Jesus said to him, “‘You shall love the Lord your God with all your heart, with all your soul, and with all your mind.’This is the first and great commandment.A second likewise is this, ‘You shall love your neighbor as yourself.’The whole law and the prophets depend on these two commandments.”–Matthew 22:37-40
All of my life, I’ve seen the Bible presented as a rule book. While there are guidelines in the Bible, when upheld as rule based, we end up with a legal document that is researched and parsed to find the minimum standards of conduct to be accepted by God. From this perspective, unconditional love gets marginalized and replaced by a performance based love. This love is shown mostly to those who act, think, and agree with each other. While outreach may be possible from this perspective, it is only pursued with the intent to convert someone to “our” ideology. This intent may not be malicious, but it is misguided. We show people to Jesus’ love, not a list of rules. As I’ve stated before and as the verses above spell out, the Bible is God’s love story to us. When read from other angles, it becomes confusion, manipulation, and chaos.
From the above verses, we can see that even the Old Testament laws were stating this love relationship. Yet, the Israelites only focused on rules to uphold externally. When we fall in love with God, we uphold the law by Jesus’ fulfillment and the Holy Spirit’s indwelling. When we only uphold external standards, we often fall, languish, and rededicate in an endless cycle of performance while forcing these laws on others so we feel physically safe and morally superior. Living by the Holy Spirit makes “following the rules” easy and even enjoyable, but that love has to come first, otherwise we will not be able to uphold the law by our human standards as Jesus spells out in Matthew 5:27-47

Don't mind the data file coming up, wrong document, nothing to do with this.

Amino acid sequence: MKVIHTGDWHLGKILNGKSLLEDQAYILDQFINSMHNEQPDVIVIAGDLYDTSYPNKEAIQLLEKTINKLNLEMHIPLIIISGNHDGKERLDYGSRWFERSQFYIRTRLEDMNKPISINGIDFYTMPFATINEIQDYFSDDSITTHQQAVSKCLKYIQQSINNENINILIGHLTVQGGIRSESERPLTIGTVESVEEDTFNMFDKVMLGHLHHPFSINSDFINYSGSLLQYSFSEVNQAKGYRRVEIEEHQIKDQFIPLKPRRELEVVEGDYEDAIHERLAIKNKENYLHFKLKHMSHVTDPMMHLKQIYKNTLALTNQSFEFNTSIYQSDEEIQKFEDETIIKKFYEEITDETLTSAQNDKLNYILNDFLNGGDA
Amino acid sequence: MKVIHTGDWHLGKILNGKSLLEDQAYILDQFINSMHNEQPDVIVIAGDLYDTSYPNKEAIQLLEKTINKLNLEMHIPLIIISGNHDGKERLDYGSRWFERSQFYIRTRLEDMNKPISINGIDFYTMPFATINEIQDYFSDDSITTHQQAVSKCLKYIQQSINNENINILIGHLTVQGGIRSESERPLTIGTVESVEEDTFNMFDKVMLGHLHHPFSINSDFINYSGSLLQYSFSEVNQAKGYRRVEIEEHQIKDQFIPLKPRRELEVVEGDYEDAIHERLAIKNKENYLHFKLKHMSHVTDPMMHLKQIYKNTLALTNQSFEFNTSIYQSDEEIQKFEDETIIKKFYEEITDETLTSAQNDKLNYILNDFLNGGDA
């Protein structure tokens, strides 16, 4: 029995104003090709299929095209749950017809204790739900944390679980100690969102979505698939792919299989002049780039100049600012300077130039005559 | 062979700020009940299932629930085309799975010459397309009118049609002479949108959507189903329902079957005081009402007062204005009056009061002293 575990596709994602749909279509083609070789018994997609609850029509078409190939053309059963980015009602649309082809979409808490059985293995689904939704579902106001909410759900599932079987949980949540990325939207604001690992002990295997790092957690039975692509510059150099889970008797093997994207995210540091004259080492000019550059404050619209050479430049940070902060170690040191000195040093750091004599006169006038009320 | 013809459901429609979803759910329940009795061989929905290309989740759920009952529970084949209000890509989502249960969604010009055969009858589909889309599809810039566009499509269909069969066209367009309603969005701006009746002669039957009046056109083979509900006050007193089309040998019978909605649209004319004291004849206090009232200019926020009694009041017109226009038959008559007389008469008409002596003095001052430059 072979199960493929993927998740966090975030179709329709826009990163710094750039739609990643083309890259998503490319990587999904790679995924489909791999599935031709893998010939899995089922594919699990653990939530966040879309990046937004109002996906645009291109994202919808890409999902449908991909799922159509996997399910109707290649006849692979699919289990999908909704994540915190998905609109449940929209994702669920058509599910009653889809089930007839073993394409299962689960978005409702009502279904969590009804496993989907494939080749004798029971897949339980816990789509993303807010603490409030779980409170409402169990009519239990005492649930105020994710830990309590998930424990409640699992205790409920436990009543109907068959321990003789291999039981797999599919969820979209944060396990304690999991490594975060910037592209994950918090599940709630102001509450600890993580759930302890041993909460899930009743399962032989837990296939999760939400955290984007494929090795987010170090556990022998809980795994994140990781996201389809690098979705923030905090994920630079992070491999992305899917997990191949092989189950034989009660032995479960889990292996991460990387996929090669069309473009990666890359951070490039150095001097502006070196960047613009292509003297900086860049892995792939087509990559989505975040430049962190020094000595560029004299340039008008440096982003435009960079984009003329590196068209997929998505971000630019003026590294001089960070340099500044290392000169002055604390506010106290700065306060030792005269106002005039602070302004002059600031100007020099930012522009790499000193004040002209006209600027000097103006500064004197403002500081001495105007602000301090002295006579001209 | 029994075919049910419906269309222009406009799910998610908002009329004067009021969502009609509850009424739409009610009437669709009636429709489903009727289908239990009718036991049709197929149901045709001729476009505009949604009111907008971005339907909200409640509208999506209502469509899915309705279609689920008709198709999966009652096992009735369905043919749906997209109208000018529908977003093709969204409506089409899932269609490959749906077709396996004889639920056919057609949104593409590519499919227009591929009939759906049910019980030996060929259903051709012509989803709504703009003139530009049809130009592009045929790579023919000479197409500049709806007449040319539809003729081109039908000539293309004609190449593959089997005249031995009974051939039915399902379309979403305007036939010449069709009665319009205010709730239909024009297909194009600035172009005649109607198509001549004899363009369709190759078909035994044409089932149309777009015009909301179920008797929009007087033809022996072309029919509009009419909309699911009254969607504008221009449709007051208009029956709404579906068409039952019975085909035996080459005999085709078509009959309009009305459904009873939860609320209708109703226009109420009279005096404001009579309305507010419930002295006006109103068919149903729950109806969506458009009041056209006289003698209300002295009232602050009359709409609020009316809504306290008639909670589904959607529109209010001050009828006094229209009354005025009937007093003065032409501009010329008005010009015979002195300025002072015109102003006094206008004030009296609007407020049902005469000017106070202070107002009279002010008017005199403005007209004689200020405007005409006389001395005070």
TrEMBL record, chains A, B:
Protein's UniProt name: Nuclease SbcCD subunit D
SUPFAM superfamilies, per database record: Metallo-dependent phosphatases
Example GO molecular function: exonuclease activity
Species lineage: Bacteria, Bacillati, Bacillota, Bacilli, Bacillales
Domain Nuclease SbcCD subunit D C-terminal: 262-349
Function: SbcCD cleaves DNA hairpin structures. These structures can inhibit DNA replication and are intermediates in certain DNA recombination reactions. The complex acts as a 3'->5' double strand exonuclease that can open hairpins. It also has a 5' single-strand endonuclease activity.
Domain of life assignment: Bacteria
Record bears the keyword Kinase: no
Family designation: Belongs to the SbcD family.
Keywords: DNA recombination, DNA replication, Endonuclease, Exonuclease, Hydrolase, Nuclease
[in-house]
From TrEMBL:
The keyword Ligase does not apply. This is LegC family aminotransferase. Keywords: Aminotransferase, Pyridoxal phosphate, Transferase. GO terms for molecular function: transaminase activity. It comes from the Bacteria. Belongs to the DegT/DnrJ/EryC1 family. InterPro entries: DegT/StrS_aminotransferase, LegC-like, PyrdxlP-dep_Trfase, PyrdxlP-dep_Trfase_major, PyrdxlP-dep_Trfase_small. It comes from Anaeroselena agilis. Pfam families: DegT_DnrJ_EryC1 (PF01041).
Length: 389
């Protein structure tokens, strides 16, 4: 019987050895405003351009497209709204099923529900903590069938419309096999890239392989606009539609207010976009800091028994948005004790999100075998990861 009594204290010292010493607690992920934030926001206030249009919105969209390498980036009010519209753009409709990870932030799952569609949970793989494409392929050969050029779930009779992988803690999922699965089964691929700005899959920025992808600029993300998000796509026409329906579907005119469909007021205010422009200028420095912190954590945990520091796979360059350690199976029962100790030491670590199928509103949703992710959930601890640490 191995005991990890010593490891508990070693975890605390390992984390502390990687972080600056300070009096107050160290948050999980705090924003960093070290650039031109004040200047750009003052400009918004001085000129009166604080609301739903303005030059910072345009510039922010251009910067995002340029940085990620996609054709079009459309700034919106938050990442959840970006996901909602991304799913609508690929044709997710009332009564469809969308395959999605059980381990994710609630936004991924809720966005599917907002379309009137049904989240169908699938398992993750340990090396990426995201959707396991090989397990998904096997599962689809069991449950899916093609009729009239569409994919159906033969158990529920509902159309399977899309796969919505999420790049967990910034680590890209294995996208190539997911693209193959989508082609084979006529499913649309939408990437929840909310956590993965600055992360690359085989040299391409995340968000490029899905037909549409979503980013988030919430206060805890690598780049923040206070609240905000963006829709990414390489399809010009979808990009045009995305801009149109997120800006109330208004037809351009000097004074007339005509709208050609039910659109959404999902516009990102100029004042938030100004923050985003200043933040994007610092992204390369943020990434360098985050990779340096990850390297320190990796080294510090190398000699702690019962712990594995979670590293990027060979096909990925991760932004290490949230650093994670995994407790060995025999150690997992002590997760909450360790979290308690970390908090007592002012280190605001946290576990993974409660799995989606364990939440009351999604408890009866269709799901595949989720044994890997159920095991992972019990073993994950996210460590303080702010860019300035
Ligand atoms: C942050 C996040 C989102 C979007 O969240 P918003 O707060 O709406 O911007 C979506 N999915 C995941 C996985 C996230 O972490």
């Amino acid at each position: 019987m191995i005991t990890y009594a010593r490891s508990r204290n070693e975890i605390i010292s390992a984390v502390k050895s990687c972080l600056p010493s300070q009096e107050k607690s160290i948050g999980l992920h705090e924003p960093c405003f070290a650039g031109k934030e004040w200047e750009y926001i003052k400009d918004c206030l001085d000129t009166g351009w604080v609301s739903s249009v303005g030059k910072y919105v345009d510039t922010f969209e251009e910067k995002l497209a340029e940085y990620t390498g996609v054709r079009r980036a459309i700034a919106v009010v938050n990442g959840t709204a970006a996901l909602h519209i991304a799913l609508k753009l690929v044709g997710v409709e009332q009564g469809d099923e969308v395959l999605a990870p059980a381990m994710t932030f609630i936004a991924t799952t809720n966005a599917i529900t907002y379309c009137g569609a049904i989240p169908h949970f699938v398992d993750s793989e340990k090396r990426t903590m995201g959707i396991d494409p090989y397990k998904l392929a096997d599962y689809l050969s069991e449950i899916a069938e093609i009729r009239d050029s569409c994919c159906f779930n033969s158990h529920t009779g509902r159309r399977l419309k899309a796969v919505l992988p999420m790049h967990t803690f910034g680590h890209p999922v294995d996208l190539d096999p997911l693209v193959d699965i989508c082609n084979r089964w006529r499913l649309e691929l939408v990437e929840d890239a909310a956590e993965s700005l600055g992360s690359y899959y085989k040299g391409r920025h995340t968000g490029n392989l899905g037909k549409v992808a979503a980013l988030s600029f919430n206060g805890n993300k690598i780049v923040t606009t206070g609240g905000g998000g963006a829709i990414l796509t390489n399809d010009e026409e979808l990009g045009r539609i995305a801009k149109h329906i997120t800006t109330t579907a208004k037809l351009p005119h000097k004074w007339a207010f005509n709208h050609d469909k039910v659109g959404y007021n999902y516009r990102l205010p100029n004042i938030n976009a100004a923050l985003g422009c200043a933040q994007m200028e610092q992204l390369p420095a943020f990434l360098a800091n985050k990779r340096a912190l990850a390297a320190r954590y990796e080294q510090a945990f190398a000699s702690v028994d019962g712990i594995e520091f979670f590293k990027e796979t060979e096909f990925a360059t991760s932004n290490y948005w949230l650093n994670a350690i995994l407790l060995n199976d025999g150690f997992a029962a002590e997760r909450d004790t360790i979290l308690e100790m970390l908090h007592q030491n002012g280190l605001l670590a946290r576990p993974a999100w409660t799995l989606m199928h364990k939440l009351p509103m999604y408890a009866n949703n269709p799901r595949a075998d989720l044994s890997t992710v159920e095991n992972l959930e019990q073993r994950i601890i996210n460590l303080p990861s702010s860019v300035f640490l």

For most of my life, whether I was inside or outside of a religious institution, I’ve behaved externally to be rewarded with “blessings.” I still see this in some of my actions today, though I’m starting to be able to accept the real Gift. Previously, I thought that if I was a “good” person, God would be good to me in that he would “bless” me with health, money, and the respect of others. Only in my wildest dreams did I think these things would be above normal. I was content just to have the everyday things–health, a few dollars in my pocket, security, and respect from my peers. These were the things I performed for whether at work or in a congregation. I’ve always known deep down that God should be first but couldn’t quite figure out what that was supposed to mean until recently.
Like myself, many today still perform for God’s blessings. I thought that this was the right path and that in doing things for God, he would do things for me. Under the Old Covenant, God established blessings for those who could uphold the Law–all of it (no one ever did except Jesus), and curses for breaking any of it. However, under the New Covenant, God never promises us physical blessings. Many of the people who were following Jesus were often brutally killed. So why would anyone follow Jesus if it just leads to persecution and death? How many today have really taken up their cross to follow Jesus or are just performing for external blessings?
The problem lies in our priority. We place the possible (not guaranteed) benefits ahead of the most amazing gift God has given us–a direct relationship with HIM! That is, even in our lowest, poorest, sickest state, we are in full communion with God. That is the reward. When we attempt to relate to God on a basis of his physical provisions, we board an emotional roller coaster ride that has us happy when we receive something and depressed when we don’t. When we accept and live in that full relationship with God, there are no valleys, we are always on the mountaintop because God is always with us. This is also what Paul conveyed when he was imprisoned.